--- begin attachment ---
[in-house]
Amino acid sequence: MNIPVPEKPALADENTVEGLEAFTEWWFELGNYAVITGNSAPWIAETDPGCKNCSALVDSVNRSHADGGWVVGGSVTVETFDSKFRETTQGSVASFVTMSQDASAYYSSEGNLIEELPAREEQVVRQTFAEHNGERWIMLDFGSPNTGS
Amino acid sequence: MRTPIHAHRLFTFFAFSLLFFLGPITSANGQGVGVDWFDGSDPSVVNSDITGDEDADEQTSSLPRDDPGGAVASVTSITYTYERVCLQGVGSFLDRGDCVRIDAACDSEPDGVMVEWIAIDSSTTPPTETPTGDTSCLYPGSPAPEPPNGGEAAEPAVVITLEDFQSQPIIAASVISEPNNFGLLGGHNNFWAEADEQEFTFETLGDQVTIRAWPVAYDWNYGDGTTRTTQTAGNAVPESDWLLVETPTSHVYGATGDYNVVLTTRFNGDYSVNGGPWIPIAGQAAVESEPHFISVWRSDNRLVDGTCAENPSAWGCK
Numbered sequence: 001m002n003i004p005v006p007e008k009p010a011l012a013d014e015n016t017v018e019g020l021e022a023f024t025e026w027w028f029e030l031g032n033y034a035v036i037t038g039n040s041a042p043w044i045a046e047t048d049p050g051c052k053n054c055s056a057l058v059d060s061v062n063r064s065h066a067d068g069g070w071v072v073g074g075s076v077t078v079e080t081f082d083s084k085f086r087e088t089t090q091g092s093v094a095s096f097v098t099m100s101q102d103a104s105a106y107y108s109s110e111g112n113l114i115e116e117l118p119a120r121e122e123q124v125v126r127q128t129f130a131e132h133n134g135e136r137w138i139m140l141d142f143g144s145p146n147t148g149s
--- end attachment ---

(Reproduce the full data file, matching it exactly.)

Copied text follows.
[in-house]
Amino acid sequence: MNIPVPEKPALADENTVEGLEAFTEWWFELGNYAVITGNSAPWIAETDPGCKNCSALVDSVNRSHADGGWVVGGSVTVETFDSKFRETTQGSVASFVTMSQDASAYYSSEGNLIEELPAREEQVVRQTFAEHNGERWIMLDFGSPNTGS
Amino acid sequence: MRTPIHAHRLFTFFAFSLLFFLGPITSANGQGVGVDWFDGSDPSVVNSDITGDEDADEQTSSLPRDDPGGAVASVTSITYTYERVCLQGVGSFLDRGDCVRIDAACDSEPDGVMVEWIAIDSSTTPPTETPTGDTSCLYPGSPAPEPPNGGEAAEPAVVITLEDFQSQPIIAASVISEPNNFGLLGGHNNFWAEADEQEFTFETLGDQVTIRAWPVAYDWNYGDGTTRTTQTAGNAVPESDWLLVETPTSHVYGATGDYNVVLTTRFNGDYSVNGGPWIPIAGQAAVESEPHFISVWRSDNRLVDGTCAENPSAWGCK
Numbered sequence: 001m002n003i004p005v006p007e008k009p010a011l012a013d014e015n016t017v018e019g020l021e022a023f024t025e026w027w028f029e030l031g032n033y034a035v036i037t038g039n040s041a042p043w044i045a046e047t048d049p050g051c052k053n054c055s056a057l058v059d060s061v062n063r064s065h066a067d068g069g070w071v072v073g074g075s076v077t078v079e080t081f082d083s084k085f086r087e088t089t090q091g092s093v094a095s096f097v098t099m100s101q102d103a104s105a106y107y108s109s110e111g112n113l114i115e116e117l118p119a120r121e122e123q124v125v126r127q128t129f130a131e132h133n134g135e136r137w138i139m140l141d142f143g144s145p146n147t148g149s